6th January 2006
Cabin Decompression and Hypoxia
by Mark Wolff -- Source: PIA Air Safety Publication
At the hypobaric chamber at the RAAF base
in Edinburgh several
hundred air force pilots each year
get to check out their reactions to
depressurization and the effects of
The chamber is set to an
altitude of 25,000 feet, which gives a
time of useful consciousness of
around three to five minutes.
Up to ten pilots at a time sit in
the chamber tensely-waiting for the
depressurization, which starts at
8,000 feet and moves to 25,000 feet in
just 10 seconds. Each clutches a
checklist of tasks they are to perform. Each is determined to remain
conscious and capable for as long as
After about two minutes one of
the subjects is asked to repeat back a
number. Inevitably the subject is
unable to do so. In fact, most don't
remember being asked.
Trying to go through the
checklist the pilots tend to exhibit
one of two kinds of behaviour; they
are either "page flickers" or
"fixators". The page flickers will just
sit there mindlessly flipping through
the checklists while the fixators will just
stare at one page. They are "passengers in their own bodies".
These two quite different
behavioural responses to rapid
depressurization hint at the variation
in individual responses to lack of
oxygen, or hypoxia.
Hypoxia is a threat to safety
for all pilots operating pressurised
aircraft and for unpressurised
aircraft that fly at an altitude of
10,000 feet or above --- the legal ceiling
above which oxygen must be used
by flight crew members in
Some individuals with reduced
lung function will become hypoxic
well below this level. This includes
people with emphysema, industrial
lung disease, certain forms of
anaemia, ischaemic heart disease
and even mild degrees of heart
If you smoke, you may have
already reduced your oxygen intake by
a significant factor. Avoid smoking
before and during flight.
The Nature of Hypoxia:
term hypoxia translates from the
Latin to mean below normal (hypo)
oxygen (oxia). It is a physiological
state in which tissues are deprived of
adequate oxygen, and organs such as
the brain, eyes, ears, lungs and heart
are adversely affected.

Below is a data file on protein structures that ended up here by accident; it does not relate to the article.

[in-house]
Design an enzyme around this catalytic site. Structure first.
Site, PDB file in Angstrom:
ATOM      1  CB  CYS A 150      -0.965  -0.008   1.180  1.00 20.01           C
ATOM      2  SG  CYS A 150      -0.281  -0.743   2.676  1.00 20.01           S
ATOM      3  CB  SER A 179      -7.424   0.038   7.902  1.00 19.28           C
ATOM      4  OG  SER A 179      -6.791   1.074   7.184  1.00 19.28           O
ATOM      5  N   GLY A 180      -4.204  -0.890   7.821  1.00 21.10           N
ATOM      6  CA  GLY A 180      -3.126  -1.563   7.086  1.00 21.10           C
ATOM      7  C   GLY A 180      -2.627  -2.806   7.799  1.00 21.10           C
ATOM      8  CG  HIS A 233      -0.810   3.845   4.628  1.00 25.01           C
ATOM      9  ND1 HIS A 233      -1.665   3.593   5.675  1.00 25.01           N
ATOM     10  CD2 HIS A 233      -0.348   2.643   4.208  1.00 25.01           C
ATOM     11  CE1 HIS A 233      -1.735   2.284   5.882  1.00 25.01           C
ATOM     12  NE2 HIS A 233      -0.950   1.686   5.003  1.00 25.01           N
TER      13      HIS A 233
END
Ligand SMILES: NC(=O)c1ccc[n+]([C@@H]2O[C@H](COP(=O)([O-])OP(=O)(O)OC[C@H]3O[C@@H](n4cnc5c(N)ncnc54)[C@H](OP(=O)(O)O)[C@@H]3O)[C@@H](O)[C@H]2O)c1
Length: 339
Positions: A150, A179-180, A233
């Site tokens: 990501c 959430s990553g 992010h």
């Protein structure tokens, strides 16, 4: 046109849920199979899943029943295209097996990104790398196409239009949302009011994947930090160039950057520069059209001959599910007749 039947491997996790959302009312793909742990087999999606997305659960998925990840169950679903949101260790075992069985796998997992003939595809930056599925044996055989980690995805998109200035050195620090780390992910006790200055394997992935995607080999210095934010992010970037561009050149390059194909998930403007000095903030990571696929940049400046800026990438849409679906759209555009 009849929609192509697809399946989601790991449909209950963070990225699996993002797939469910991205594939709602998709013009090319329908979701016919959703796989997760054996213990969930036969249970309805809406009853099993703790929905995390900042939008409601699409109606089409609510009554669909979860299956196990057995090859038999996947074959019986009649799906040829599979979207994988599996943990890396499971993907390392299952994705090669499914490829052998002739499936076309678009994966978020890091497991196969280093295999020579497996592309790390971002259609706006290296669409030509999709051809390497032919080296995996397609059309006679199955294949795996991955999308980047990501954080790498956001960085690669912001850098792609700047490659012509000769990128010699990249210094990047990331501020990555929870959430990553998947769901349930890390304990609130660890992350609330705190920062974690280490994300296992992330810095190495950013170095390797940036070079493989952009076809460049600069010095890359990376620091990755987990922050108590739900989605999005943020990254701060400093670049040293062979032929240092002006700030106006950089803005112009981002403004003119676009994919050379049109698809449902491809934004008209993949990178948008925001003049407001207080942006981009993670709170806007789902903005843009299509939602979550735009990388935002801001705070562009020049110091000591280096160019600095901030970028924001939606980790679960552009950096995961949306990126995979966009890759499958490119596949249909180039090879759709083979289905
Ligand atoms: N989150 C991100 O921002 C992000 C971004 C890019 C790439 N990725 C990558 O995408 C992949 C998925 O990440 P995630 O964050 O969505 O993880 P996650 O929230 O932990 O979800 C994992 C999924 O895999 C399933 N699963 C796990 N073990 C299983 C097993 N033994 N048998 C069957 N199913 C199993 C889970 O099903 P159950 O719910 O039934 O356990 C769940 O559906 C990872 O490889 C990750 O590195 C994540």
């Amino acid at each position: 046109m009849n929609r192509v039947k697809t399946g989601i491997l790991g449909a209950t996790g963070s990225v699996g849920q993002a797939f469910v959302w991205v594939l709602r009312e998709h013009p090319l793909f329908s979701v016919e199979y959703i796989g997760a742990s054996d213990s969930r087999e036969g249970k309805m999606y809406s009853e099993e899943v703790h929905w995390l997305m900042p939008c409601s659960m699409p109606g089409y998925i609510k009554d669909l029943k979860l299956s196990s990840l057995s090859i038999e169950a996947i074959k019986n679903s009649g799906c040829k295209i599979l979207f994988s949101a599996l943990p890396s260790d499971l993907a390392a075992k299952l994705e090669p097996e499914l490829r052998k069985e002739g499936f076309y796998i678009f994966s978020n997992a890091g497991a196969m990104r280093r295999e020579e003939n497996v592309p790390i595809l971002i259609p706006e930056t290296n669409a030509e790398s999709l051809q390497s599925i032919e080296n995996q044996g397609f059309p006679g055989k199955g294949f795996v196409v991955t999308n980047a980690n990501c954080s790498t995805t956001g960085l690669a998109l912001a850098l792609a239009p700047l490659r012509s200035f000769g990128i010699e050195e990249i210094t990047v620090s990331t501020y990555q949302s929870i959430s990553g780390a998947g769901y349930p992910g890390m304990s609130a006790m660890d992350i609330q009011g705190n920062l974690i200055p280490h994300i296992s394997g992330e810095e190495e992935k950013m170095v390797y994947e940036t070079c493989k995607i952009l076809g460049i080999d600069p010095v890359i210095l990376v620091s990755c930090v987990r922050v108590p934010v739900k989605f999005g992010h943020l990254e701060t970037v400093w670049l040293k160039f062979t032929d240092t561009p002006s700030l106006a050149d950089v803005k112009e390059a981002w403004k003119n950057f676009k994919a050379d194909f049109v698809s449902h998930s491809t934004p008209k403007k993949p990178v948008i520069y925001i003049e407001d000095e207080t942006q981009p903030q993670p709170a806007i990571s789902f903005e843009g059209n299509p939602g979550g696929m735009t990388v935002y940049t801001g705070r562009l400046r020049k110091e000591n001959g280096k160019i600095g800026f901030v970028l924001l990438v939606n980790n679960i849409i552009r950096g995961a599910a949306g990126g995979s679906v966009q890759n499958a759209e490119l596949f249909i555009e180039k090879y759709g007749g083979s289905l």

When an aircraft undergoes
rapid decompression above around
35,000 feet, the time of useful consciousness for crew may be 30
seconds or less, depending on the
altitude (see table).
Time of Useful Consciousness
30 minutes or more
Pressure and Altitude
At lower altitudes the time of useful consciousness maybe longer, but subtle effects may still impair your functioning.
The more rapid the decompression, the faster the symptoms of hypoxia will
Crew surprise and perhaps
lack of familiarity with decompression can contribute to dangerous delays in appropriate response. Research by the US Air Force shows 80 per cent of pilots with no experience of decompression wait as long as 15 seconds to respond correctly to a loss of cabin pressure.
Because of the insidious effects
of hypoxia on judgement and reasoning, the correct response to loss of
cabin pressure is always to don the
oxygen mask - immediately. That's
the only way you can be sure that
you will make the right choices.
The death of US golfer Payne
Stewart in October 1999 and two
recent Australian incidents - one in a
RAAF King Air and the other in a
civilian King Air - have put the
spotlight on the issue of hypoxia.
While the RAAF incident is known
to have involved hypoxia, we may
never know the contributing factors
to the civilian accidents.
In the RAAF incident, shortly
after the aircraft was levelled at the
planned cruising level of FL250, the
right-hand seat passenger noticed
that the pilot was acting erratically
while manipulating the Global
Positioning System (GPS). Soon
after, the pilot slumped over the
controls and turned a curious shade
Fortunately the passenger (who
was a pilot but was not endorsed on
type) was able to take control of the
aircraft. He descended
and, after having some
trouble locating the
declared an emergency.
He was extremely lucky
- he should first have
donned his own oxygen
mask to ensure he was
able to function correctly.
reports from US investigators reveal the cockpit
voice recorder on Payne
contained no voices, but
that there were sounds